Delayed onset of Alzheimer's disease with nonsteroidal anti-inflammatory and histamine H2 blocking drugs

John C.S. Breitner, Kathleen A. Welsh, Michael J. Helms, Perry C. Gaskell, Barbara A. Gau, Allen D. Roses, Margaret A. Pericak-Vance, Ann M. Saunders

Research output: Contribution to journalArticlepeer-review


Factors that modify onset of Alzheimer's disease (AD) may be revealed by comparing environmental exposures in affected and unaffected members of discordant twin pairs or sibships. Among siblings at high risk of AD, sustained use of nonsteroidal anti-inflammatory drugs (NSAIDs) was associated with delayed onset and reduced risk of AD. After adjustment for use of NSAIDs, there was minimal effect on onset with reported history of any of three common illnesses (arthritis, diabetes, or acid-peptic disease). However, independent of exposure to NSAIDs, onset was unexpectedly delayed in those reporting extended use of histamine H2 blocking drugs. Randomized clinical trials will be needed to affirm the utility of these drugs for prevention, but the present findings may have implications for pathogenesis: because NSAIDs block the calcium-dependent postsynaptic cascade that induces excitotoxic cell death in NMDA-reactive neurons, and because histamine potentiates such events, excitotoxicity may deserve additional investigation in AD.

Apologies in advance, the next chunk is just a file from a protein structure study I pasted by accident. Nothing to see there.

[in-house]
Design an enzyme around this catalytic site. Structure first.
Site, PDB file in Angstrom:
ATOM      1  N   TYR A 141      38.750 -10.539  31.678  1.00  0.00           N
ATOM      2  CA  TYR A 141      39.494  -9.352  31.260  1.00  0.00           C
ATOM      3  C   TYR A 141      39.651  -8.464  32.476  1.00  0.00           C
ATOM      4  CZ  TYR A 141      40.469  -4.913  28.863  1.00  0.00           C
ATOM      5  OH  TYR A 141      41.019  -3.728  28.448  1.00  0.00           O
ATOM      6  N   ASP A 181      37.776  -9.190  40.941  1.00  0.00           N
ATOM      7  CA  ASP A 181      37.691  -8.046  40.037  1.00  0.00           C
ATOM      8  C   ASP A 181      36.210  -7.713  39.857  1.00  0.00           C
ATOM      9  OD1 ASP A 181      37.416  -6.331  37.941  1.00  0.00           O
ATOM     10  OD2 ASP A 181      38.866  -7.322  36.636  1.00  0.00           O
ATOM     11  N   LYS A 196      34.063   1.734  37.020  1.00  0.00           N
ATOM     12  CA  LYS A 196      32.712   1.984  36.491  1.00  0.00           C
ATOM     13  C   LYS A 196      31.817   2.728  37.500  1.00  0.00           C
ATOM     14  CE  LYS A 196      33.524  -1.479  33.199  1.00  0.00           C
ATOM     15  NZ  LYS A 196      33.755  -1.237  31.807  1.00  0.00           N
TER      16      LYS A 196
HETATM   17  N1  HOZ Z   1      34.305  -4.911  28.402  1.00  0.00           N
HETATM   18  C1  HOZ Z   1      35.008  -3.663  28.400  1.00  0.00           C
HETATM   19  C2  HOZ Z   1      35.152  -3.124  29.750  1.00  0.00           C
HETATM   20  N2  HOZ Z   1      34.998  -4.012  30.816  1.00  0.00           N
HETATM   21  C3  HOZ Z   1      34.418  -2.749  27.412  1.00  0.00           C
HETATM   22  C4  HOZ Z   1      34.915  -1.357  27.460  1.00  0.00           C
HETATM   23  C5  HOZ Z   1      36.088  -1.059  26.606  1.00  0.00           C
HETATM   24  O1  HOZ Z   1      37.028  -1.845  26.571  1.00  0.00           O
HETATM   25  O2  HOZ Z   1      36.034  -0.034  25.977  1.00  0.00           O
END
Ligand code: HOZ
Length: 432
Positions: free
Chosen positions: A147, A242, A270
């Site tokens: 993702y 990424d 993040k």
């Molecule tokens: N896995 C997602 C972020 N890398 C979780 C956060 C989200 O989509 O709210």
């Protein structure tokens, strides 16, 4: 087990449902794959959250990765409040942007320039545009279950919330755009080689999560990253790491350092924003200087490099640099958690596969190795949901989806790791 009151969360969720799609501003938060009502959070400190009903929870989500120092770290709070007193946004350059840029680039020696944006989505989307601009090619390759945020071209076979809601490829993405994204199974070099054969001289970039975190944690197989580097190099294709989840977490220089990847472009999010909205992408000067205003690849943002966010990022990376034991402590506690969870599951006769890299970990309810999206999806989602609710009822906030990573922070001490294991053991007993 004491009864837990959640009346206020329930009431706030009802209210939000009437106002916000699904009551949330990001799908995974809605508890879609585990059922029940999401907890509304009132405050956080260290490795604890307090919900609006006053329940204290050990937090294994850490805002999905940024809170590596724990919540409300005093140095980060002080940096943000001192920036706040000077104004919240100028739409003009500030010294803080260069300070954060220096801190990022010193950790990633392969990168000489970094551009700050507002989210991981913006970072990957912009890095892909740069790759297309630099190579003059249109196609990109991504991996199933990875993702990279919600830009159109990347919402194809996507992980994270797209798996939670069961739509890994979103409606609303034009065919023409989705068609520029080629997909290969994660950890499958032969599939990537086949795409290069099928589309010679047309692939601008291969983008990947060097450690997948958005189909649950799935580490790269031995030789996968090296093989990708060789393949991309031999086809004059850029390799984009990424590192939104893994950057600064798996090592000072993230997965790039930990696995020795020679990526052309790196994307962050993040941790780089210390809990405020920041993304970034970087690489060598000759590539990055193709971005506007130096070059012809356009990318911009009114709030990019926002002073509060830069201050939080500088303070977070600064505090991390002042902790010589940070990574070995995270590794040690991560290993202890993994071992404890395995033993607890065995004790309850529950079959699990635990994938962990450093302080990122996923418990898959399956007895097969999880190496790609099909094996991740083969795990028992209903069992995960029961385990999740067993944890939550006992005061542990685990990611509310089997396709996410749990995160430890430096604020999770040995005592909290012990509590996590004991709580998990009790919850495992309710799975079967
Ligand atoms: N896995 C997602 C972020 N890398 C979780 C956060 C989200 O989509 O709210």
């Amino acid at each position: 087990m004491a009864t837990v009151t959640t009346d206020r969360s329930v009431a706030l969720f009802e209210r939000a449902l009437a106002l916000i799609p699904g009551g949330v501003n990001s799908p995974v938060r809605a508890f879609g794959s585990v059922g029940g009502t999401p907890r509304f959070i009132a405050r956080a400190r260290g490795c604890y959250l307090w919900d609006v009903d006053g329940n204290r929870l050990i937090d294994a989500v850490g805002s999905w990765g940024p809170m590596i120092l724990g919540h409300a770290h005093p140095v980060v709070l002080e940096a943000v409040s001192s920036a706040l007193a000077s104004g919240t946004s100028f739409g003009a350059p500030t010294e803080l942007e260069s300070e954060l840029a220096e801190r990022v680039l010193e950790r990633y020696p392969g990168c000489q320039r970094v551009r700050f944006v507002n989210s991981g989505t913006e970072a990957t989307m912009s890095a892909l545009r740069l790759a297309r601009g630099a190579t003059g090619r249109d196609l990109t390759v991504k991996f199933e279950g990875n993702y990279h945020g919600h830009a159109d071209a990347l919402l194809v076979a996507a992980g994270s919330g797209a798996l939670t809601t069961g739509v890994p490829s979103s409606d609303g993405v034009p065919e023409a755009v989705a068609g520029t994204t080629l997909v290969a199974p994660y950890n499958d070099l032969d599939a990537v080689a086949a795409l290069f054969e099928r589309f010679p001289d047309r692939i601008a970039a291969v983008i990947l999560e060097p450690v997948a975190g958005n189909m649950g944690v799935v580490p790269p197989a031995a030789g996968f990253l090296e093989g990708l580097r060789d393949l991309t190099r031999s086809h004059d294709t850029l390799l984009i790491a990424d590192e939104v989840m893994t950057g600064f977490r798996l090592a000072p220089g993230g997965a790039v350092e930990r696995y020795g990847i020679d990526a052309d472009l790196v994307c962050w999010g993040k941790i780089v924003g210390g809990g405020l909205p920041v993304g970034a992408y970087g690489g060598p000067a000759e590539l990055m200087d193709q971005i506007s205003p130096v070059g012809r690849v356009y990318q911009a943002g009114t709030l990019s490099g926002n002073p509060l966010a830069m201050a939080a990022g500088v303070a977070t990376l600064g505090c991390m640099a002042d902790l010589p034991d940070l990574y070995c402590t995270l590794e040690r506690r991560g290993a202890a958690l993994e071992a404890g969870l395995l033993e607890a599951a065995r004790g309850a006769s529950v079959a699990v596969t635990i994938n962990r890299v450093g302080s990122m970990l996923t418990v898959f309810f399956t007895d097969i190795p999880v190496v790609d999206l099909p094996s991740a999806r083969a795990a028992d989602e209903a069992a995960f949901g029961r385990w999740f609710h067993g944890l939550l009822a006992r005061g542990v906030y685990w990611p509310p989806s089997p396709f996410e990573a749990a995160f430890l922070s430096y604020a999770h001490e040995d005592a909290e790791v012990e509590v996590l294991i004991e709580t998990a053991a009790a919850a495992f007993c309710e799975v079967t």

Original languageEnglish (US)
Pages (from-to)523-530
Number of pages8
JournalNeurobiology of aging
Issue number4
StatePublished - 1995
Externally publishedYes


  • Alzheimer's disease
  • Cyclooxygenase
  • Excitotoxicity
  • Histamine
  • Histamine H2 blocking drugs
  • Inflammation
  • NMDA glutamate receptors
  • Nonsteroidal anti-inflammatory drugs
  • Onset

ASJC Scopus subject areas

  • Neuroscience(all)
  • Aging
  • Clinical Neurology
  • Developmental Biology
  • Geriatrics and Gerontology


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